A former Gold Coast council worker has been jailed for lying about breaking his ankle on the job to claim workers’ compensation, when he actually injured himself at the pub.
Richard Trevor Moore was sentenced to nine months prison and forced to pay back $65,000 to the Gold Coast City Council.
Moore claimed he tripped on a wet road bump at work but a Southport magistrate ruled he broke his ankle while having drinks at the Parkwood Tavern.
Lawyer Michael Gatenby will today lodge an appeal against the Southport Magistrates Court decision and sentence and seek bail for his client.
Moore, 51, filed a claim alleging he had been retrieving his work phone from his car when tripped at a council depot in September 2010 and badly injured his ankle.
He told his surgeon he thought it was just a sprain and so he drove to the pub for a few drinks at the tavern.
CCTV footage tendered in the court showed him collapsing in the pub and he was taken to hospital by ambulance and treated for a bad fracture.
Q-COMP lawyers, on behalf of the council, said Moore tried to cheat the system in a fraudulent claim for compensation and lying to his council boss and his surgeon about the incident.
Moore, a 20-year council landscaping employee, pleaded not guilty and maintained the initial sprain at the council depot had led to the later fracture.
He further claimed he had been made to sign work reports about the incident while on pain medication.
Southport acting magistrate Gary Finger found Moore guilty of defrauding the council and making five false statements under the Workers’ Compensation and Rehabilitation Act.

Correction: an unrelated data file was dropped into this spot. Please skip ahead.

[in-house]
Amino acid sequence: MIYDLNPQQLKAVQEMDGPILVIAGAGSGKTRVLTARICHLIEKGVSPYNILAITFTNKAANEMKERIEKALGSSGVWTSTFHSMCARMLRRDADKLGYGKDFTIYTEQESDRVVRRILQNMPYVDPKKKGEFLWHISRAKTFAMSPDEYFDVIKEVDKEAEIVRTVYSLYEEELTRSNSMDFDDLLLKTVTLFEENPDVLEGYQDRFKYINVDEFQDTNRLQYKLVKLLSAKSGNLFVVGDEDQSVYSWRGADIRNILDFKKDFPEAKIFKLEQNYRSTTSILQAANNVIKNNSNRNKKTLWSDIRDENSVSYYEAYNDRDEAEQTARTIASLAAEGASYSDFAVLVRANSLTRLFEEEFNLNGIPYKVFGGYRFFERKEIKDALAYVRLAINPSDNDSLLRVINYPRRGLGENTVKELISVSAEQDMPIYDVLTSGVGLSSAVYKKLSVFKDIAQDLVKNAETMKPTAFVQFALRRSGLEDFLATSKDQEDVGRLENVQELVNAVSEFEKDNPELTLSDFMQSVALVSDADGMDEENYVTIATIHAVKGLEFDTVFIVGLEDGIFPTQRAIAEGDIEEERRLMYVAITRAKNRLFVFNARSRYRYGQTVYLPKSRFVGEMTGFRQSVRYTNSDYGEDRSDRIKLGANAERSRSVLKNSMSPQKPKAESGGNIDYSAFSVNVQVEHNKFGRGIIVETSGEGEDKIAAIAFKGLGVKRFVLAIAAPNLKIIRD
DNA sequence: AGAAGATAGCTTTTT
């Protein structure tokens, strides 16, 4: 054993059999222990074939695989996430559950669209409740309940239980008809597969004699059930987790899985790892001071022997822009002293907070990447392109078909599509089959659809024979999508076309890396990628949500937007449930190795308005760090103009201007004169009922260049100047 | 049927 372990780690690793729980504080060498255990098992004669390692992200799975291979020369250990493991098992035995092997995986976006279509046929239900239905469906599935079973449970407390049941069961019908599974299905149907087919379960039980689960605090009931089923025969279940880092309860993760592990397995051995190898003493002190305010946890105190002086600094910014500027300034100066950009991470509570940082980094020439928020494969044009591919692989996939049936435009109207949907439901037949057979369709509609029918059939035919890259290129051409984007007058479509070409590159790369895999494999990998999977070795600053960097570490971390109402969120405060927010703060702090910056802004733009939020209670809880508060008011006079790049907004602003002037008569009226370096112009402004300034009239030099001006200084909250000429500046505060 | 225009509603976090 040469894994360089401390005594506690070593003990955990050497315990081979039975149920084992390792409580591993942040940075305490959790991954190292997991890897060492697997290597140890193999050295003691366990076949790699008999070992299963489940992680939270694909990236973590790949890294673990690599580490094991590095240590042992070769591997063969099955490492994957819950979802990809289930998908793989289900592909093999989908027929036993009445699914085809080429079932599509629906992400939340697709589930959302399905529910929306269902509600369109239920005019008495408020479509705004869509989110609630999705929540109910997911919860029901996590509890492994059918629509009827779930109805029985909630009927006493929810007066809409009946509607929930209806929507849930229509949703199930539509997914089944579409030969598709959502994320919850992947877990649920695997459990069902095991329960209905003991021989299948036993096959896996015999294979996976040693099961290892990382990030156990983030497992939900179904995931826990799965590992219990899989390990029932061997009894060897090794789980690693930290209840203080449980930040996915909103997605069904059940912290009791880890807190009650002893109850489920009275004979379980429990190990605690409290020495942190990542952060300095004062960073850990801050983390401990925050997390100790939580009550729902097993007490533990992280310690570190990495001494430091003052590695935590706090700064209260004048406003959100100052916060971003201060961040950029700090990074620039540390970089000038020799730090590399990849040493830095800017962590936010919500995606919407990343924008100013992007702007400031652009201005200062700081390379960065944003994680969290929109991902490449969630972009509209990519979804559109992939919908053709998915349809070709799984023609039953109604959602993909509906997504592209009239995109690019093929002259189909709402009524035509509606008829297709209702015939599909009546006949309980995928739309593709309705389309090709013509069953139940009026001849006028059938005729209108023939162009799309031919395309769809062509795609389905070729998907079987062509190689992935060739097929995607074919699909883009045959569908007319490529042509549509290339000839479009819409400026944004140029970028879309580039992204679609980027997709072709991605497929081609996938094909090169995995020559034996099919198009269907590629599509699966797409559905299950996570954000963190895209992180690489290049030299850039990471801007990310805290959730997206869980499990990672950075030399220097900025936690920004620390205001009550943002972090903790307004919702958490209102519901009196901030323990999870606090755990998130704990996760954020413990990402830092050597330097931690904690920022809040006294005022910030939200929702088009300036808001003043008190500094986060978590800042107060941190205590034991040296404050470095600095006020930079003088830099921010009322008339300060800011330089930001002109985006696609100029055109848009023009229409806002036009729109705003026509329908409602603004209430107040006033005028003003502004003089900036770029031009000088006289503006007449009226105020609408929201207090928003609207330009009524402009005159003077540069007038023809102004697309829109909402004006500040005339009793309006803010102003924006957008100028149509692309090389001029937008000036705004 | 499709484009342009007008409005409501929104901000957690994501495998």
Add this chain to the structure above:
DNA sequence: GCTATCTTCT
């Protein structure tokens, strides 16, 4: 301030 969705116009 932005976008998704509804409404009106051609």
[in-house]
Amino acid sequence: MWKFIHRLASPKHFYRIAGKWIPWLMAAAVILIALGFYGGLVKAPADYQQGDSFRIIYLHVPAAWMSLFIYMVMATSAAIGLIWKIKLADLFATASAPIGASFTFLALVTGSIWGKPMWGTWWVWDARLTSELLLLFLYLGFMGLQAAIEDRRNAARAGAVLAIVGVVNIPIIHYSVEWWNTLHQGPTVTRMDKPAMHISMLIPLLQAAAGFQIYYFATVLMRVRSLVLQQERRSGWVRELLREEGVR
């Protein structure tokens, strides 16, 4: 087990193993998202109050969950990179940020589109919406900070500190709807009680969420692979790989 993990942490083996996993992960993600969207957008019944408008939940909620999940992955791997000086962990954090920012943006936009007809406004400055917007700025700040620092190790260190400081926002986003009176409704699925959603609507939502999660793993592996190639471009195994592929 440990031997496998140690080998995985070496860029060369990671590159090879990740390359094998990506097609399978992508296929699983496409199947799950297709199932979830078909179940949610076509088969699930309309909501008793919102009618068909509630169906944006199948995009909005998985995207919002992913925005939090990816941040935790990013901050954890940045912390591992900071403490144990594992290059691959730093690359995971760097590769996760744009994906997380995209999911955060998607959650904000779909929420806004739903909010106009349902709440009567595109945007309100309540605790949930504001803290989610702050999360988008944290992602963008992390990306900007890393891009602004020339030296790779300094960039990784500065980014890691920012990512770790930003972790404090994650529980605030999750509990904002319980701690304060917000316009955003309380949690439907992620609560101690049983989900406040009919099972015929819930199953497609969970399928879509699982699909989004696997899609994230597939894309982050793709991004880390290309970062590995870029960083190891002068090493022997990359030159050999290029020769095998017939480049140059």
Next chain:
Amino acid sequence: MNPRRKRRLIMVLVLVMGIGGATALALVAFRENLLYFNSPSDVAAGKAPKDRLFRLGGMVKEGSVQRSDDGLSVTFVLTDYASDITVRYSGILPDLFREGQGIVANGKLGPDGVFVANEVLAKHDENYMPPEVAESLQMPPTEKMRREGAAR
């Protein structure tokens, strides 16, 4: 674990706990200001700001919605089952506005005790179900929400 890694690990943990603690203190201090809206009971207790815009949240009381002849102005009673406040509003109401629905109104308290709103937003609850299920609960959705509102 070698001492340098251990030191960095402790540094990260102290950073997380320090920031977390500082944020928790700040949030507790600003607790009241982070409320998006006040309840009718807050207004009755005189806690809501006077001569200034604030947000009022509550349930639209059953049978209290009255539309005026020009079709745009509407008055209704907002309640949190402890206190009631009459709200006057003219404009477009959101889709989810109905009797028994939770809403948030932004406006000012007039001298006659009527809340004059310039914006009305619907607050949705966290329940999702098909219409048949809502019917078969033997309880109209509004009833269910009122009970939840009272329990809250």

He convicted and sentenced him to nine months jail, suspended after he served three months.
He also ordered Moore to repay the Gold Coast City Council $65,861.72.
Mr Gatenby, from Gatenby Criminal Lawyers, said he would appeal the magistrate’s decision and sentence on the grounds that it was “unsound, unsatisfactory and unproved by the evidence“.
A council spokeswoman declined to comment specifically on Moore’s case as the council is forbidden to comment on workers’ compensation matters under the terms of its self-insurances workers’ compensation licence.
Council figures show workers’ compensation claims cost the organisation more than $4 million a year.
Source: Courier Mail, Leah Fineran and Matthew Killoran | 07:07am May 22, 2012
About Rushmore Forensic
Andrew Firth is a forensic accountant who has conducted numerous investigations and other forensic accounting engagements in both Australia and overseas.
He specialises in economic loss calculations, personal injury compensation and other forensic accounting services for commercial disputes. He is a member of the Institute of Chartered Accountants and has appeared as an Expert Witness in numerous jurisdictions.